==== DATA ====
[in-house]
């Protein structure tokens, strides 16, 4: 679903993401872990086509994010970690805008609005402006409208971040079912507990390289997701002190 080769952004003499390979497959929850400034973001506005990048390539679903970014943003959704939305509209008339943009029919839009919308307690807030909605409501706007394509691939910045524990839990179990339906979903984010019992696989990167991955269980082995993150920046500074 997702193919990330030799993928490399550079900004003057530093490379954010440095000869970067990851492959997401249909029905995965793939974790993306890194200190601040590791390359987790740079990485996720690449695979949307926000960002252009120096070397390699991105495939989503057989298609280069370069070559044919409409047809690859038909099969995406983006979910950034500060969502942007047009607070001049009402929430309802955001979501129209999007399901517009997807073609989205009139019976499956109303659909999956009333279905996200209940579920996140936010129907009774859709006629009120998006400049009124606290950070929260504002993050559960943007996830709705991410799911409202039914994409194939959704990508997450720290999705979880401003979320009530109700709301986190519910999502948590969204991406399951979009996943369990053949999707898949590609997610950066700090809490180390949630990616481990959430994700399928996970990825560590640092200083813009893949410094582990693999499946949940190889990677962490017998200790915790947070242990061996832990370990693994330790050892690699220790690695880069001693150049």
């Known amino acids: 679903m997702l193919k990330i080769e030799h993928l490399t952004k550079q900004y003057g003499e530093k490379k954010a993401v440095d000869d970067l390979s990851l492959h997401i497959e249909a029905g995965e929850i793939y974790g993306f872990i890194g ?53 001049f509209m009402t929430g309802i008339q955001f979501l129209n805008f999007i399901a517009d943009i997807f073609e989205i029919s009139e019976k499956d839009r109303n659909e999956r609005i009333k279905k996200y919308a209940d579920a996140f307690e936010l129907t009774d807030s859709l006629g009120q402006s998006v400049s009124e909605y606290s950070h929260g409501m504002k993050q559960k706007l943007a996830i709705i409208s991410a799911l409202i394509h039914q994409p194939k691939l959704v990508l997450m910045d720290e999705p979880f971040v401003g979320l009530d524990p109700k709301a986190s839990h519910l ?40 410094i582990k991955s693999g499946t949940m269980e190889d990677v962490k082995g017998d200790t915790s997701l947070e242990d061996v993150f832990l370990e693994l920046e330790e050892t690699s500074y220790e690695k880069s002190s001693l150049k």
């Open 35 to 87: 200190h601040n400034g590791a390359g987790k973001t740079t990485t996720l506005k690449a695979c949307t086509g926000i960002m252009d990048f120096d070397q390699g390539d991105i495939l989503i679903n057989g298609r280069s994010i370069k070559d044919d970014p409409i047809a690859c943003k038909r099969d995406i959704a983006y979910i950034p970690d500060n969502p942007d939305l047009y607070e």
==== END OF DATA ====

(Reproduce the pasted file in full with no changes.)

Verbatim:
[in-house]
């Protein structure tokens, strides 16, 4: 679903993401872990086509994010970690805008609005402006409208971040079912507990390289997701002190 080769952004003499390979497959929850400034973001506005990048390539679903970014943003959704939305509209008339943009029919839009919308307690807030909605409501706007394509691939910045524990839990179990339906979903984010019992696989990167991955269980082995993150920046500074 997702193919990330030799993928490399550079900004003057530093490379954010440095000869970067990851492959997401249909029905995965793939974790993306890194200190601040590791390359987790740079990485996720690449695979949307926000960002252009120096070397390699991105495939989503057989298609280069370069070559044919409409047809690859038909099969995406983006979910950034500060969502942007047009607070001049009402929430309802955001979501129209999007399901517009997807073609989205009139019976499956109303659909999956009333279905996200209940579920996140936010129907009774859709006629009120998006400049009124606290950070929260504002993050559960943007996830709705991410799911409202039914994409194939959704990508997450720290999705979880401003979320009530109700709301986190519910999502948590969204991406399951979009996943369990053949999707898949590609997610950066700090809490180390949630990616481990959430994700399928996970990825560590640092200083813009893949410094582990693999499946949940190889990677962490017998200790915790947070242990061996832990370990693994330790050892690699220790690695880069001693150049």
């Known amino acids: 679903m997702l193919k990330i080769e030799h993928l490399t952004k550079q900004y003057g003499e530093k490379k954010a993401v440095d000869d970067l390979s990851l492959h997401i497959e249909a029905g995965e929850i793939y974790g993306f872990i890194g ?53 001049f509209m009402t929430g309802i008339q955001f979501l129209n805008f999007i399901a517009d943009i997807f073609e989205i029919s009139e019976k499956d839009r109303n659909e999956r609005i009333k279905k996200y919308a209940d579920a996140f307690e936010l129907t009774d807030s859709l006629g009120q402006s998006v400049s009124e909605y606290s950070h929260g409501m504002k993050q559960k706007l943007a996830i709705i409208s991410a799911l409202i394509h039914q994409p194939k691939l959704v990508l997450m910045d720290e999705p979880f971040v401003g979320l009530d524990p109700k709301a986190s839990h519910l ?40 410094i582990k991955s693999g499946t949940m269980e190889d990677v962490k082995g017998d200790t915790s997701l947070e242990d061996v993150f832990l370990e693994l920046e330790e050892t690699s500074y220790e690695k880069s002190s001693l150049k």
């Open 35 to 87: 200190h601040n400034g590791a390359g987790k973001t740079t990485t996720l506005k690449a695979c949307t086509g926000i960002m252009d990048f120096d070397q390699g390539d991105i495939l989503i679903n057989g298609r280069s994010i370069k070559d044919d970014p409409i047809a690859c943003k038909r099969d995406i959704a983006y979910i950034p970690d500060n969502p942007d939305l047009y607070e």